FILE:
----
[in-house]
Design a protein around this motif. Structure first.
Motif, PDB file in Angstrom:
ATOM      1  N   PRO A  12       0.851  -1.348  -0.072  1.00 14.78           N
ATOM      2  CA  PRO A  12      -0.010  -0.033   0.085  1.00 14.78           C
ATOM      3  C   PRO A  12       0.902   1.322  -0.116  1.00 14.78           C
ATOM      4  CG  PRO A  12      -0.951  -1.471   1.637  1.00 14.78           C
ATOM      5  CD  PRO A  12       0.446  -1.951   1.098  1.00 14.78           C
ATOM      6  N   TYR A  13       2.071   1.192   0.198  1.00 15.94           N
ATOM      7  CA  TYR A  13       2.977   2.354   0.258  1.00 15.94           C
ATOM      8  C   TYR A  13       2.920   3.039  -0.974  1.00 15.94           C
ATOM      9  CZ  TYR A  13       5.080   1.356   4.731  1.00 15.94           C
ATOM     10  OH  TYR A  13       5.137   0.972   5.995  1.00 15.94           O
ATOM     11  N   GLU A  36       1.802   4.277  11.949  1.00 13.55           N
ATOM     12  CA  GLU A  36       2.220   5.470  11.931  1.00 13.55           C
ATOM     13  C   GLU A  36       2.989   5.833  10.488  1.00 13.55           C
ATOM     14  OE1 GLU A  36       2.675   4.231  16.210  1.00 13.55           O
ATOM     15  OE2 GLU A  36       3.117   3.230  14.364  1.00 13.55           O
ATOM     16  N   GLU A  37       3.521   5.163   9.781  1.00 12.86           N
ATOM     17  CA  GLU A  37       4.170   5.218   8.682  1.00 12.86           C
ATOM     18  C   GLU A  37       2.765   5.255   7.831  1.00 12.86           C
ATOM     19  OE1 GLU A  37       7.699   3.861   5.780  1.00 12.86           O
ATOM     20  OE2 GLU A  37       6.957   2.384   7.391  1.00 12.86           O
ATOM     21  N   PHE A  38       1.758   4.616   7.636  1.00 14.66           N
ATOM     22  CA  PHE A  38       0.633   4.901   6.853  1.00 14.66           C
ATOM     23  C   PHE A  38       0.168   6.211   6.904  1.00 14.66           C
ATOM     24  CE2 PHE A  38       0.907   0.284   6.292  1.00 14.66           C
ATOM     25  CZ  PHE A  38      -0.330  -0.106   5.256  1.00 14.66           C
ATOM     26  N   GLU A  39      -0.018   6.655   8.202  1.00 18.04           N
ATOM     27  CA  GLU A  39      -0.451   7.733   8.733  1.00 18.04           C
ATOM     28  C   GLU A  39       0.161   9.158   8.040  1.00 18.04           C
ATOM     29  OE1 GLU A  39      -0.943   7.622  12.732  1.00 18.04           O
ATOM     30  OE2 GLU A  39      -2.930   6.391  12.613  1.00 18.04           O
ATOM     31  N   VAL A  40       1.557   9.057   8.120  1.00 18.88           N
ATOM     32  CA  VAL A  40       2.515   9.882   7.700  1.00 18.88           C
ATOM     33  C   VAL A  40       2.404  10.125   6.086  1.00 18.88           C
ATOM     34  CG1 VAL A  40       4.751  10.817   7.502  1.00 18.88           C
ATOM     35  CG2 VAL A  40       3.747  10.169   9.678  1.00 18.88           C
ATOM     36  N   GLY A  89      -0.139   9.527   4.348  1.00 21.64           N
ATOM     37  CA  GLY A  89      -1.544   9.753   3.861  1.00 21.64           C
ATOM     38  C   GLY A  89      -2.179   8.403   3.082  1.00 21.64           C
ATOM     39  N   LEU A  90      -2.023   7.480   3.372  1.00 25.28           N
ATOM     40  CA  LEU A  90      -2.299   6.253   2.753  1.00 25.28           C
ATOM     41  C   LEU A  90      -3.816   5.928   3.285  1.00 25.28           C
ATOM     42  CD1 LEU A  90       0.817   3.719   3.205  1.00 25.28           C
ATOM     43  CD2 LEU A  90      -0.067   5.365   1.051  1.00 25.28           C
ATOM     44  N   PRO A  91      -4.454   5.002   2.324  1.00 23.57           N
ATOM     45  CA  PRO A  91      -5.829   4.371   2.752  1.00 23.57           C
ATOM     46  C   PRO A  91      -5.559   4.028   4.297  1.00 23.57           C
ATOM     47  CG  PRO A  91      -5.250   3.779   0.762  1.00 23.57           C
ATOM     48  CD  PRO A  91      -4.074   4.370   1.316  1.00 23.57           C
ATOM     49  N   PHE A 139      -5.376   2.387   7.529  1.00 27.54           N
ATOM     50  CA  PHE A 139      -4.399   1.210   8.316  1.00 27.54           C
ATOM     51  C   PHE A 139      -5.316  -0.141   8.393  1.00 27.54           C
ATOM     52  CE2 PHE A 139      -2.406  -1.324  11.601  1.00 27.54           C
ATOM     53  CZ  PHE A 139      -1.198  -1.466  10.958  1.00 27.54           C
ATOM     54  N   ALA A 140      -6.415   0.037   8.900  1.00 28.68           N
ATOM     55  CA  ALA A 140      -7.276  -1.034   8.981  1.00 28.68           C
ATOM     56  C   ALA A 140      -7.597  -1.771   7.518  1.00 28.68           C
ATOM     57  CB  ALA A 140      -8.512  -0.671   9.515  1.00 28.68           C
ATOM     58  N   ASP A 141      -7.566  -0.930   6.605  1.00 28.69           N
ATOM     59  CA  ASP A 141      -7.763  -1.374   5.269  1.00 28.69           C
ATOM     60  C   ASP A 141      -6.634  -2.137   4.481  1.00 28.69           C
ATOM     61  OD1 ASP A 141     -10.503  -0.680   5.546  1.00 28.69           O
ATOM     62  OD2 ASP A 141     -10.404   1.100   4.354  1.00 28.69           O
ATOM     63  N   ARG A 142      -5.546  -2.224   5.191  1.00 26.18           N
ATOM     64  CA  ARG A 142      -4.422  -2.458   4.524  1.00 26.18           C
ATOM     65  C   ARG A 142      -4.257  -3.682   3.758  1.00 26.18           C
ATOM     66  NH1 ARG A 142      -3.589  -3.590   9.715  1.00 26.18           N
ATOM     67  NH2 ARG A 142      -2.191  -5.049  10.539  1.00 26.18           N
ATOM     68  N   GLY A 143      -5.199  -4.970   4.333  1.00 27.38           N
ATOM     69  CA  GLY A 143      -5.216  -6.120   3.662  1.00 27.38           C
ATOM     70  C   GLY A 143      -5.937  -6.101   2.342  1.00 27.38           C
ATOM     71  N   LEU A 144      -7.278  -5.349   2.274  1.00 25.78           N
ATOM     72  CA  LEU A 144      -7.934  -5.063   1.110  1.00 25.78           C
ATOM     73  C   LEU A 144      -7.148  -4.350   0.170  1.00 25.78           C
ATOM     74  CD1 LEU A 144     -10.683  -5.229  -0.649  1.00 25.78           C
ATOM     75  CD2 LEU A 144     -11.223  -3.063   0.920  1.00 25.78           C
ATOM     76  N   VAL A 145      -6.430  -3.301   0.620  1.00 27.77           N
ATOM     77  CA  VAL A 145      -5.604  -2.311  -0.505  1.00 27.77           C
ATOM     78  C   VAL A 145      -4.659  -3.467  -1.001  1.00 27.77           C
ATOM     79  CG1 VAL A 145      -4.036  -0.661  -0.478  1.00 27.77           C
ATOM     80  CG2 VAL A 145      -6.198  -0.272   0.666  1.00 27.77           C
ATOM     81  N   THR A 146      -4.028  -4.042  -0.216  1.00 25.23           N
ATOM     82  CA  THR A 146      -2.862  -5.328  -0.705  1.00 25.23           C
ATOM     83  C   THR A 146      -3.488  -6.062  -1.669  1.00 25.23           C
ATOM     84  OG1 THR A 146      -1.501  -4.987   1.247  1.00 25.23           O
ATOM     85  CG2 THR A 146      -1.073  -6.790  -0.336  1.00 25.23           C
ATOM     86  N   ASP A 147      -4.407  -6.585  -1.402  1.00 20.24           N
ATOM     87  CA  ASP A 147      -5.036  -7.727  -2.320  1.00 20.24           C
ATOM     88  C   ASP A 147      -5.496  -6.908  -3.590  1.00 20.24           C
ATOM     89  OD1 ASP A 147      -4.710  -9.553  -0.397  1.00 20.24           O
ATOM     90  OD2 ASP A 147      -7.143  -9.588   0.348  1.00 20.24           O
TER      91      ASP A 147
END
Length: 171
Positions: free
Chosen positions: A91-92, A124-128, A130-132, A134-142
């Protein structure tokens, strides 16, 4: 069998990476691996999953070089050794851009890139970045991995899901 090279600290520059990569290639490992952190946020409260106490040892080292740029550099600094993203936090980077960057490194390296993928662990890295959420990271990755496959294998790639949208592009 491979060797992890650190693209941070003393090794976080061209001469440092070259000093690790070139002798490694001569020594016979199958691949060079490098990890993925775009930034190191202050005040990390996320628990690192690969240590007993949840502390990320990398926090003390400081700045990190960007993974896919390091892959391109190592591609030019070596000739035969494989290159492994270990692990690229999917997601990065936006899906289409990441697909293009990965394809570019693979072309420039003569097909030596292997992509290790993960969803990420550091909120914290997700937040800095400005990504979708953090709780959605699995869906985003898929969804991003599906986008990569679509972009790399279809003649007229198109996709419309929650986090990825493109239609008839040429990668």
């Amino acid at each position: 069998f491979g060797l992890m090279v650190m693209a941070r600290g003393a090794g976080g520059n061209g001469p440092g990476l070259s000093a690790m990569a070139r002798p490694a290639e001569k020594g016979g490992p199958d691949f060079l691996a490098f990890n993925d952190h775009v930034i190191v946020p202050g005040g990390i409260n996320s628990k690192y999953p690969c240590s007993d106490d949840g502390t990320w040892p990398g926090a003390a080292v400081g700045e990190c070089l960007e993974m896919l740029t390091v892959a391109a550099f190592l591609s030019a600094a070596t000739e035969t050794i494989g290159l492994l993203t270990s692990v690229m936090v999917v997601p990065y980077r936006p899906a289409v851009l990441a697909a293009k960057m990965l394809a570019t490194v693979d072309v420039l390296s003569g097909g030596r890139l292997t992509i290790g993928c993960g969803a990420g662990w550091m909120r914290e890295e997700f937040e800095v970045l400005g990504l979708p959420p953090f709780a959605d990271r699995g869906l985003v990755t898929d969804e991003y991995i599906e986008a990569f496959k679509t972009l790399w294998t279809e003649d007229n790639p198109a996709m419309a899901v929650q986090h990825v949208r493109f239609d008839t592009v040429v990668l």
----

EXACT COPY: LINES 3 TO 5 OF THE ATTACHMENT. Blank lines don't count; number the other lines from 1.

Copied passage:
Motif, PDB file in Angstrom:
ATOM      1  N   PRO A  12       0.851  -1.348  -0.072  1.00 14.78           N
ATOM      2  CA  PRO A  12      -0.010  -0.033   0.085  1.00 14.78           C